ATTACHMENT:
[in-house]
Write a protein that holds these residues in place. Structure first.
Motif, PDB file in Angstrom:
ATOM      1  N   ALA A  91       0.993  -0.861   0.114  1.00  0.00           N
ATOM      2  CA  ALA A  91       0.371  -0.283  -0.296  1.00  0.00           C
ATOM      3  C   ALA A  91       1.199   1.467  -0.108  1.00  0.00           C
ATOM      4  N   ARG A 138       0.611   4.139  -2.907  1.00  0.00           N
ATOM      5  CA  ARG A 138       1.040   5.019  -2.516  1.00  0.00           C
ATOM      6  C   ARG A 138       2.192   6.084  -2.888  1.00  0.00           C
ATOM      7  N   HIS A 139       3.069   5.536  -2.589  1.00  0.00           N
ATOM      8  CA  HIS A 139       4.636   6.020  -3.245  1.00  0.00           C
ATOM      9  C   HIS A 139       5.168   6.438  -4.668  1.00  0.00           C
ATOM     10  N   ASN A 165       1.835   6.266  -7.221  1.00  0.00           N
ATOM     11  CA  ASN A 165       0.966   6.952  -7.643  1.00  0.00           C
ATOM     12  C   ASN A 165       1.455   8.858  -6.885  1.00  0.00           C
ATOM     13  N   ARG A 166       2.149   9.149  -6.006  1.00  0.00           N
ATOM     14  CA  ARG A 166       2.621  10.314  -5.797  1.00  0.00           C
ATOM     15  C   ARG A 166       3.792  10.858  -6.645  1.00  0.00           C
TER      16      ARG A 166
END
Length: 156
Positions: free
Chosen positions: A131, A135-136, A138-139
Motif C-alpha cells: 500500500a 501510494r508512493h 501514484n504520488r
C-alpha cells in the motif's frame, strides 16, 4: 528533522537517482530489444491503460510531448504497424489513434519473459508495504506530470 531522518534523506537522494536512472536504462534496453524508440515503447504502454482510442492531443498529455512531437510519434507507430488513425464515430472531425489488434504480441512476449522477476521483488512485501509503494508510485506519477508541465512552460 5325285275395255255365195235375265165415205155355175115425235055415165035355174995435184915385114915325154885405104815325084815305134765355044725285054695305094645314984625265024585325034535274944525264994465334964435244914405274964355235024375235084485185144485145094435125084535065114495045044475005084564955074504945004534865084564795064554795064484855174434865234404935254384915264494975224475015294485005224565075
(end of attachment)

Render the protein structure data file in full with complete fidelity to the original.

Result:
[in-house]
Write a protein that holds these residues in place. Structure first.
Motif, PDB file in Angstrom:
ATOM      1  N   ALA A  91       0.993  -0.861   0.114  1.00  0.00           N
ATOM      2  CA  ALA A  91       0.371  -0.283  -0.296  1.00  0.00           C
ATOM      3  C   ALA A  91       1.199   1.467  -0.108  1.00  0.00           C
ATOM      4  N   ARG A 138       0.611   4.139  -2.907  1.00  0.00           N
ATOM      5  CA  ARG A 138       1.040   5.019  -2.516  1.00  0.00           C
ATOM      6  C   ARG A 138       2.192   6.084  -2.888  1.00  0.00           C
ATOM      7  N   HIS A 139       3.069   5.536  -2.589  1.00  0.00           N
ATOM      8  CA  HIS A 139       4.636   6.020  -3.245  1.00  0.00           C
ATOM      9  C   HIS A 139       5.168   6.438  -4.668  1.00  0.00           C
ATOM     10  N   ASN A 165       1.835   6.266  -7.221  1.00  0.00           N
ATOM     11  CA  ASN A 165       0.966   6.952  -7.643  1.00  0.00           C
ATOM     12  C   ASN A 165       1.455   8.858  -6.885  1.00  0.00           C
ATOM     13  N   ARG A 166       2.149   9.149  -6.006  1.00  0.00           N
ATOM     14  CA  ARG A 166       2.621  10.314  -5.797  1.00  0.00           C
ATOM     15  C   ARG A 166       3.792  10.858  -6.645  1.00  0.00           C
TER      16      ARG A 166
END
Length: 156
Positions: free
Chosen positions: A131, A135-136, A138-139
Motif C-alpha cells: 500500500a 501510494r508512493h 501514484n504520488r
C-alpha cells in the motif's frame, strides 16, 4: 528533522537517482530489444491503460510531448504497424489513434519473459508495504506530470 531522518534523506537522494536512472536504462534496453524508440515503447504502454482510442492531443498529455512531437510519434507507430488513425464515430472531425489488434504480441512476449522477476521483488512485501509503494508510485506519477508541465512552460 5325285275395255255365195235375265165415205155355175115425235055415165035355174995435184915385114915325154885405104815325084815305134765355044725285054695305094645314984625265024585325034535274944525264994465334964435244914405274964355235024375235084485185144485145094435125084535065114495045044475005084564955074504945004534865084564795064554795064484855174434865234404935254384915264494975224475015294485005224565075